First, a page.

Premenstrual syndrome is diagnosed clinically (i.e. based on history and physical examination). There is no test or procedure to diagnose premenstrual syndrome (PMS). In fact, many women are able to correlate their physical and other symptoms as being related to menstrual cycle, however, if you have bothersome symptoms, consult a doctor.
Medical history and physical examination: Your doctor may ask you questions, such as:
The doctor may advice you to keep a record of your symptoms and menstrual cycle every month. Note the day the PMS symptoms start, when they disappear and the day your period starts and ends. This can help to identify exactly what symptoms you have, the severity of symptoms and the relation to your menstrual cycle. You may have to maintain this record for at least two months so that your doctor can identify possible symptom pattern and their relation to your menstruation.
Complete a questionnaire: You may be given a questionnaire to be filled on the first day of your period. It contains questions regarding PMS symptoms you experienced in the past few days. It is helpful to determine if you may benefit from further evaluation.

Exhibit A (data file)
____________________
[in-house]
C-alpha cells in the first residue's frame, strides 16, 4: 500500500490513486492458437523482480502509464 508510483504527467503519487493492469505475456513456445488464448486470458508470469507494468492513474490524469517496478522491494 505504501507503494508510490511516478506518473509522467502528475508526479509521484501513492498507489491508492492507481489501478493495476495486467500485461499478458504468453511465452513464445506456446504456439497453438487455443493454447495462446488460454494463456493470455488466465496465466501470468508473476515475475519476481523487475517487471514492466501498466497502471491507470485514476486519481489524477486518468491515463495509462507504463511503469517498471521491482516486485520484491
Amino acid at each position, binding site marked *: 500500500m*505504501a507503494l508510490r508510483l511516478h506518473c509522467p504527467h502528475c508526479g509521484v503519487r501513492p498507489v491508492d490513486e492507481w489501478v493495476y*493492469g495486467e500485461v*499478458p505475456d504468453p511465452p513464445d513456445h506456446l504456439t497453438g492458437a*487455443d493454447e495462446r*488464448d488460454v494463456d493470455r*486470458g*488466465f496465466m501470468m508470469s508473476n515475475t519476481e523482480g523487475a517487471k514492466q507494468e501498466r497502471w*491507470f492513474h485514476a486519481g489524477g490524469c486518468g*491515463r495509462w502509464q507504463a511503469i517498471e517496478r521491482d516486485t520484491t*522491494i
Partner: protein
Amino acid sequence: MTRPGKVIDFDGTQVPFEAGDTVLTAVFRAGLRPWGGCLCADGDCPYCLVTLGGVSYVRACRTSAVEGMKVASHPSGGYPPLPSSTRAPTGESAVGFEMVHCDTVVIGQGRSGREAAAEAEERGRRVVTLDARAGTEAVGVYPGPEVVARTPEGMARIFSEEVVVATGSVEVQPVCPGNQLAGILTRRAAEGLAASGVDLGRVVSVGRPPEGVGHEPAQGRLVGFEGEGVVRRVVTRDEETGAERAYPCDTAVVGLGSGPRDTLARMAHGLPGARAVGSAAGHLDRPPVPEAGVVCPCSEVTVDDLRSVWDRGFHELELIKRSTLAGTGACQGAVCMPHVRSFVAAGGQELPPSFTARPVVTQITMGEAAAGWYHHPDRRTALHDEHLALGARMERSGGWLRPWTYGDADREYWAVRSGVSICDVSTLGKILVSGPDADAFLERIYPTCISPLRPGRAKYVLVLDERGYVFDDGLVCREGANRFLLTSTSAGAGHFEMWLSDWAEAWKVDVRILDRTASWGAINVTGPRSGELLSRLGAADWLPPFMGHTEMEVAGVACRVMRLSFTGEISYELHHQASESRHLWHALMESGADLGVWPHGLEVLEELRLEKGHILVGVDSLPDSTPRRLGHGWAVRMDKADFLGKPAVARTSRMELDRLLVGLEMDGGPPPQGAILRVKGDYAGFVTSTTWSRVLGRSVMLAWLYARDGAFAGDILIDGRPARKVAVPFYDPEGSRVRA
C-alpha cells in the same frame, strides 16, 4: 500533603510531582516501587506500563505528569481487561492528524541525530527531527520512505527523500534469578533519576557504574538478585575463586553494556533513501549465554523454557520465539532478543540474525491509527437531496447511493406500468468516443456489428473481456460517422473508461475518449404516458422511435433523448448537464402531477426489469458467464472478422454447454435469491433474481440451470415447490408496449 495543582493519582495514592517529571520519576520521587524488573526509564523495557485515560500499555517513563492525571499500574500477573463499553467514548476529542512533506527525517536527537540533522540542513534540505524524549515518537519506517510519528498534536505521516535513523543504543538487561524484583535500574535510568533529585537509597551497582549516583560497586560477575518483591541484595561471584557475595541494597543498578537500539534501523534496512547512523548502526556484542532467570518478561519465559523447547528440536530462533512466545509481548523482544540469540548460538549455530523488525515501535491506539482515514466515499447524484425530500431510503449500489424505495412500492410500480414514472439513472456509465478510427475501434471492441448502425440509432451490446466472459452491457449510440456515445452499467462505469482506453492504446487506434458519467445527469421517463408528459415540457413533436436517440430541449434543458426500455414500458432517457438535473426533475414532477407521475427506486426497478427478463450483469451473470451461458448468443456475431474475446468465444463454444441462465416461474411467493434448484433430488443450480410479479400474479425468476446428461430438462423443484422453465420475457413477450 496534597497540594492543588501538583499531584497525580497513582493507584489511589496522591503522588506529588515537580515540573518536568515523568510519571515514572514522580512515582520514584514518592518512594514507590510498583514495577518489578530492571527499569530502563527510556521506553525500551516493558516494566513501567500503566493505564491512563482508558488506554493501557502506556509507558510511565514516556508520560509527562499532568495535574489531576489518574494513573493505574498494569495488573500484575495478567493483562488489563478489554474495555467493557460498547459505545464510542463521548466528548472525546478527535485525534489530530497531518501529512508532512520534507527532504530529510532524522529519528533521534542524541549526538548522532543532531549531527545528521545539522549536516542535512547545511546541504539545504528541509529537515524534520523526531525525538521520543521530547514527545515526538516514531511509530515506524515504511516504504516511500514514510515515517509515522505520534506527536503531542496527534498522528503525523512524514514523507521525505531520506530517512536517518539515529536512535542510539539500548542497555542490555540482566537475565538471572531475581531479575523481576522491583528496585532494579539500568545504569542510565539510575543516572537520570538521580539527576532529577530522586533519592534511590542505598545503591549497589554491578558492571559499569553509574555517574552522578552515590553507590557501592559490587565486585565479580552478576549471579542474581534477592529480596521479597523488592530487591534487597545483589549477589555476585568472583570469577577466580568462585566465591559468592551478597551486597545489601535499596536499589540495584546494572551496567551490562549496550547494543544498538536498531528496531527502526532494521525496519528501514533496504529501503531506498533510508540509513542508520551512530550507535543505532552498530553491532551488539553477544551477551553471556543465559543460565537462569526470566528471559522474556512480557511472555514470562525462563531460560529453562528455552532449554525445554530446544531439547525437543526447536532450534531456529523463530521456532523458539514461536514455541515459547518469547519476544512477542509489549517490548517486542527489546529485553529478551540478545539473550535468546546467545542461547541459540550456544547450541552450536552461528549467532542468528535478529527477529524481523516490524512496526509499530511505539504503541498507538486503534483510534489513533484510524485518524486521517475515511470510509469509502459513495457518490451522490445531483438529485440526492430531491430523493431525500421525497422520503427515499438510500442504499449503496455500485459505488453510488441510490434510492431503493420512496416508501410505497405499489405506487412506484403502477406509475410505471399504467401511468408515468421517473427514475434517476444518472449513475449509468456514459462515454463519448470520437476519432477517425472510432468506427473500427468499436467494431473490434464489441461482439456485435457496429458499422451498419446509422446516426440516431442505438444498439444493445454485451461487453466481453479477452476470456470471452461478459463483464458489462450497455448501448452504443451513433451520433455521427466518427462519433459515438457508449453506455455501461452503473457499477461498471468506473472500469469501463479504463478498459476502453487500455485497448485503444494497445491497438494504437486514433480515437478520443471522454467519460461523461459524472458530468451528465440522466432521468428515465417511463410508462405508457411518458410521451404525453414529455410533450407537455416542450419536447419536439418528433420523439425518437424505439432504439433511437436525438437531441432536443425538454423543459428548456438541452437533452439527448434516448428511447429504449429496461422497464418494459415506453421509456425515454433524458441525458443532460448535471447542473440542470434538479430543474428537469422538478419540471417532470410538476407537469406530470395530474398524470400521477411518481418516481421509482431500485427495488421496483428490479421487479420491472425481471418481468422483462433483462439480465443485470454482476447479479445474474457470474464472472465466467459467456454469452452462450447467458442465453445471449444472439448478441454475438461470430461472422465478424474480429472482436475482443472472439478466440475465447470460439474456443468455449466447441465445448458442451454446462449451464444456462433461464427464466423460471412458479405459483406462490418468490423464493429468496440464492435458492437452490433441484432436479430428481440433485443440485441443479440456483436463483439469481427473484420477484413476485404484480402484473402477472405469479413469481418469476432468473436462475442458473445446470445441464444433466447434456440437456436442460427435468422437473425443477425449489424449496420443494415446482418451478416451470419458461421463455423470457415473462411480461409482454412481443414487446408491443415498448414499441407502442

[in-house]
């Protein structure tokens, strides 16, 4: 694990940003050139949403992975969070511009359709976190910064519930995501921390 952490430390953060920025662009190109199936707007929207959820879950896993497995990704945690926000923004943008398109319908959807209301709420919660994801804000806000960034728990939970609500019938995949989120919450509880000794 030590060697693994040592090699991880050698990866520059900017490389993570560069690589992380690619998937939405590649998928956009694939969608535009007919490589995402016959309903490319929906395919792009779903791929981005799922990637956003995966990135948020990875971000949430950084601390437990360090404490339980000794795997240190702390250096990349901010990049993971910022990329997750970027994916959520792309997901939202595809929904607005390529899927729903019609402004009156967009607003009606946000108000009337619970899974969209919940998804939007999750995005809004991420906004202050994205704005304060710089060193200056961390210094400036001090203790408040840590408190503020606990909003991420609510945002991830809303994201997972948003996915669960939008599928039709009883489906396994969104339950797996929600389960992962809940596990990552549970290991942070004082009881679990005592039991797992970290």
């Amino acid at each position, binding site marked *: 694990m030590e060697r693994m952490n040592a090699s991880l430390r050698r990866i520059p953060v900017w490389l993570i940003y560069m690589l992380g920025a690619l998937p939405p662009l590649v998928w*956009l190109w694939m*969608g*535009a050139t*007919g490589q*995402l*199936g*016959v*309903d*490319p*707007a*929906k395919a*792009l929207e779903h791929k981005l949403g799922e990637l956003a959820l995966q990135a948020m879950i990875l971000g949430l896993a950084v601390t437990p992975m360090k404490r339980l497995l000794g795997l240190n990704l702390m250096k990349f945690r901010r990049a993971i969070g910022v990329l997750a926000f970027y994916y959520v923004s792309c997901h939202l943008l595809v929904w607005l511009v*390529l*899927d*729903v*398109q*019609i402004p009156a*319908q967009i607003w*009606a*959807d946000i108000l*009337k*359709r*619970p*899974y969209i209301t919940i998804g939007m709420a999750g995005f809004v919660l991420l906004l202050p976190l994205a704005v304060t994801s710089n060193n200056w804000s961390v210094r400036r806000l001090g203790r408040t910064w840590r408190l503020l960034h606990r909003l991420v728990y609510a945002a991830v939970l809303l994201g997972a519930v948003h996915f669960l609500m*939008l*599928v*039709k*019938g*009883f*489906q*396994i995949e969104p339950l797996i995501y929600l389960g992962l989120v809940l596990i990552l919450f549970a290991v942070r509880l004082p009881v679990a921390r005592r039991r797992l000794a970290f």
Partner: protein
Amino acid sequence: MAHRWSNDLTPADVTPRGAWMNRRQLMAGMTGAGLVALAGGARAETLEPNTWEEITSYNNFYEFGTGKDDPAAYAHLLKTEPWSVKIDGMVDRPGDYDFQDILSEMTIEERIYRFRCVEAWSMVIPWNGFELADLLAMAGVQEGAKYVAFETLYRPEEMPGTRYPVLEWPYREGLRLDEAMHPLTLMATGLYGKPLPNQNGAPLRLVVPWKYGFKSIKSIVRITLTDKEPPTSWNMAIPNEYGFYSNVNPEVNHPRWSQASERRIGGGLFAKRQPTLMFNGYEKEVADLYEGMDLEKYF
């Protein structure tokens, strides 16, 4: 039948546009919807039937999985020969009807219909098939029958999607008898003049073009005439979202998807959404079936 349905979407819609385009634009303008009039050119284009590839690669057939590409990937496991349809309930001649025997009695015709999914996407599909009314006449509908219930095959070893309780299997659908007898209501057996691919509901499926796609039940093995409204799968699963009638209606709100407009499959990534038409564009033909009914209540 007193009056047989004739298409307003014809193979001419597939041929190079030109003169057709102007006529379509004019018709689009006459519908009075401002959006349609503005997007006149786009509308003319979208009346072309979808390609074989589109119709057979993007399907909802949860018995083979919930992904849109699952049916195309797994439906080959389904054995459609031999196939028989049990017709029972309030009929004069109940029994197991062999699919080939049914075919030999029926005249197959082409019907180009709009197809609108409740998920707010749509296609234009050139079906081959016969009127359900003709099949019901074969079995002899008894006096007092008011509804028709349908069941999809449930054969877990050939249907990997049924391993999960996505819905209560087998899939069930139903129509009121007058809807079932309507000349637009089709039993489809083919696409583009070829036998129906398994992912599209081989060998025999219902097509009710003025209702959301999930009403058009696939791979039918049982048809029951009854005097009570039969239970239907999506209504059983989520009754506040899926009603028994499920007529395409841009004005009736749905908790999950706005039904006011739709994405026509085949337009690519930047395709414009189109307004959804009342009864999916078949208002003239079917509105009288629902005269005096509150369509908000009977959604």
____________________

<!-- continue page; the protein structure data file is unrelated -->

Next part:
Tests: In most women, no tests are done to diagnose premenstrual symptoms. Instead, tests may be done to rule out other possible causes of your symptoms.
Premenstrual dysphoric disorder: Women with severe symptoms suggestive of premenstrual dysphoric disorder (PMDD), should consult a doctor. Your doctor can evaluate your symptoms and diagnose the cause. During your appointment, the doctor will take a detailed medical history, do medical examination and if needed, take a blood test or urine test. You may be referred to a mental health specialist if your emotional and cognitive symptoms are severe. The mental health specialist may evaluate if your symptoms are caused because of PMDD or some other mental health problem. The doctor may recommend treatment based on the cause of your symptoms.